“There’s always the next book.”

–Louise DeSalvo

That’s what Louise DeSalvo says. DeSalvo is the author of The Art of Slow Writing, which I purchased as a kind of hair shirt and read as a kind of guilty pleasure. As a mystery writer expected to turn out a book a year, the mere thought of slow writing a novel—apart from the first one, which of course I wrote at my own tortured leisure, only to bury it in a drawer forever—is a luxurious dream. Like vacationing in Bali or buying a chateau in the South of France or being besties with Alice Hoffman.

I read it because having finished THE NIGHT WOODS, the sixth book in my Mercy Carr series, I have to come up with three new ideas for subsequent Mercy & Elvis adventures/investigations/murders for my editor. The only problem is, I have no ideas. None. Nada. Zilch. Note: I do have a subplot from THE NIGHT WOODS, which my editor asked me to cut from the novel, saying that it was wasted as a subplot and should be developed into a main plot for another book. Unfortunately, I have no ideas about how to do that, either.

In my defense, I tend to go for broke in every book—which means my story well is dead dry when I sit down to write the next one. This means finding a way to prime the idea pump.


Here’s one of my favorite brainstorming technique, which I call the Play to Your Strengths Bubble Chart (an expanded version of which appears in my book The Writer’s Guide to Beginnings). This technique capitalizes on what makes you a unique writer as well as a unique individual. Using the bubble chart below, list ten things for every bubble, the first ten things that pop into your head. Do it as quickly as possible; don’t overthink it. Do it longhand, in a “Noodling Notebook” reserved for your ideas. Seriously.

Once you finish, play with your lists:

  • Come up with plot/character/setting ideas inspired by each list.
  • Now, do it again, for each of your favorite genres.
  • Mix and match items from the lists, the more disparate, the better. This facilitates divergent thinking, a critical aspect of creativity, which is kind of a fancy way of saying “thinking outside the box.”
  • Take this same bubble chart, and do the exercise from the point of view of your protagonist, your antagonist, and other important characters in your work. What plot ideas does this suggest?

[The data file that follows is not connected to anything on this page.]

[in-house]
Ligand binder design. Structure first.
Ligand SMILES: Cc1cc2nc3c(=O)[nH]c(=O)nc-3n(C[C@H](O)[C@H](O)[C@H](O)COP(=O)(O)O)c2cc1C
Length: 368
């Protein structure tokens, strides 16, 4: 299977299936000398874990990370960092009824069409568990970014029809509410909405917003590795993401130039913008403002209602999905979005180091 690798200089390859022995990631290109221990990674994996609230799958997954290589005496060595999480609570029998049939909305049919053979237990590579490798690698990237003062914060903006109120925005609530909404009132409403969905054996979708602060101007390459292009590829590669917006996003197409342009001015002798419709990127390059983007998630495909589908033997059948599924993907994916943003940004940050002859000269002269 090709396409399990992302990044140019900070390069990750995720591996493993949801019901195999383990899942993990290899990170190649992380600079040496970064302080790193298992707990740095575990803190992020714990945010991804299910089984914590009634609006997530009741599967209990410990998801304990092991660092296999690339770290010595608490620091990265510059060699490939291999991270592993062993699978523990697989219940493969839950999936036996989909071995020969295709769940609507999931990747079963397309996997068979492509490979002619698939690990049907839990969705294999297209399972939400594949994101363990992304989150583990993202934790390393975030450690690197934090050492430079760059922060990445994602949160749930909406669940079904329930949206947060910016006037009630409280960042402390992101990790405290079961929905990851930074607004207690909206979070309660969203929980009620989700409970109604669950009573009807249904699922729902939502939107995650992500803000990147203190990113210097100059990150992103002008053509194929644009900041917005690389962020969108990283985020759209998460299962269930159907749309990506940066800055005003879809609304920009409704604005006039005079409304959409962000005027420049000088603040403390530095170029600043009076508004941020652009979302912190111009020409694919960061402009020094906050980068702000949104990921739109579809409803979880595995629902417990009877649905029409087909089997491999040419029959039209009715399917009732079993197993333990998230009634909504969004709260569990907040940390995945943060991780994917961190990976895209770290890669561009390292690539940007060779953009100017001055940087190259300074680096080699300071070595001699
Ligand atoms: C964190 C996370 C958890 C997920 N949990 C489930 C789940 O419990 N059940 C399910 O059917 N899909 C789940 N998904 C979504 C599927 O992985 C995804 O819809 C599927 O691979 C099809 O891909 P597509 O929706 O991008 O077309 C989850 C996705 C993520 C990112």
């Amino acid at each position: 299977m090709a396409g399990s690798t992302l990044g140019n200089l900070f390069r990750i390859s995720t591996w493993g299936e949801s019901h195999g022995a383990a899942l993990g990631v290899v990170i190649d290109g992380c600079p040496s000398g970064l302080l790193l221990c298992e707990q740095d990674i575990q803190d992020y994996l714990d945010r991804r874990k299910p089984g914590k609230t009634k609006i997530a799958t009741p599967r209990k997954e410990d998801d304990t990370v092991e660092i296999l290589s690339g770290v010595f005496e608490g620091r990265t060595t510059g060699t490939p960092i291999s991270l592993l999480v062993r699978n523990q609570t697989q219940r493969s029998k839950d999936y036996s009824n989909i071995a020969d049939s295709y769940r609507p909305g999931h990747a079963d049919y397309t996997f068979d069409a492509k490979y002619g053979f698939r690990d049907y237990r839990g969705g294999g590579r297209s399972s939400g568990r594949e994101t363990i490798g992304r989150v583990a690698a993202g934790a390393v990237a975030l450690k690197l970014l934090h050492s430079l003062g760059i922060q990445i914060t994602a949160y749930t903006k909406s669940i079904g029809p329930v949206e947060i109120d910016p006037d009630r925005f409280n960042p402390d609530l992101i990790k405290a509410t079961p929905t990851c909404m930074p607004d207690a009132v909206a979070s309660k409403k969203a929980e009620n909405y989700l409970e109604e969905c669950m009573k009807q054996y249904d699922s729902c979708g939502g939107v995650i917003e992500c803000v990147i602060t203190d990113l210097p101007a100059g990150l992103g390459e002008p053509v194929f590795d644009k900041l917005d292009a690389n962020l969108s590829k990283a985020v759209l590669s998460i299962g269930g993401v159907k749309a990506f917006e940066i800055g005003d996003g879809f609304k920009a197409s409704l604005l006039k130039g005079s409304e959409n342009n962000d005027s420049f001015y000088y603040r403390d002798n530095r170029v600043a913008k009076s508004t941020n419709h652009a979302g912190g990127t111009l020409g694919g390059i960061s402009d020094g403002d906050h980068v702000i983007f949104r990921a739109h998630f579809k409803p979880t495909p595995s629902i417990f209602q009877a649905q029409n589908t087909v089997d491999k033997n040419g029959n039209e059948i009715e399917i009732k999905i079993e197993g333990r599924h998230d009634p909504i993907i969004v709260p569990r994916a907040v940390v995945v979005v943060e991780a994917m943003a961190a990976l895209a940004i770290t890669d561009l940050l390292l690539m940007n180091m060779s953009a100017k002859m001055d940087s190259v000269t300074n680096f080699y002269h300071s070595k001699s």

Now go for a walk, or take a long shower, or lie down for a nap. Keep that “Noodling Notebook” close by, and write down the random thoughts that occur to you as you do something else. If you think this sounds a little wacky, remember that the queen of the mystery and one of the bestselling authors of all time, Agatha Christie, used to say that “the best time for planning a book is while you’re doing the dishes.”

I do this exercise again, for the first time since I wrote the book, and my lists are not the same; the differences reflect the changes in my writing life and my personal life. And within those lists is a gold mine of ideas. (For that expanded version of this bubble chart and more ways to jumpstart your creativity, see Chapter Three of  The Writer’s Guide to Beginnings.)


By the time I finish preparing this post, I’ve come up with three ideas for new books. I write them up and send them off to my agent. She likes two out of three of them, and so I come up with one more idea to replace the not-good-enough idea. She likes that one, and so she sends those three blurbs off to my editor. Fingers crossed.

I’d say I was surprised by how just thinking about how to come up with ideas greased the rusty gears of my subconscious, but I’m not. Coming up with new ideas is like riding a bicycle: Once you start pedaling, you remember how to ride. Once you start noodling, you remember how to generate ideas.

As an agent, I know that the better the idea, the easier it is to sell the book. (Provided the book lives up to the promise of that great idea, but that’s another blog post.) You can noodle your way to a big idea. Get noodling!

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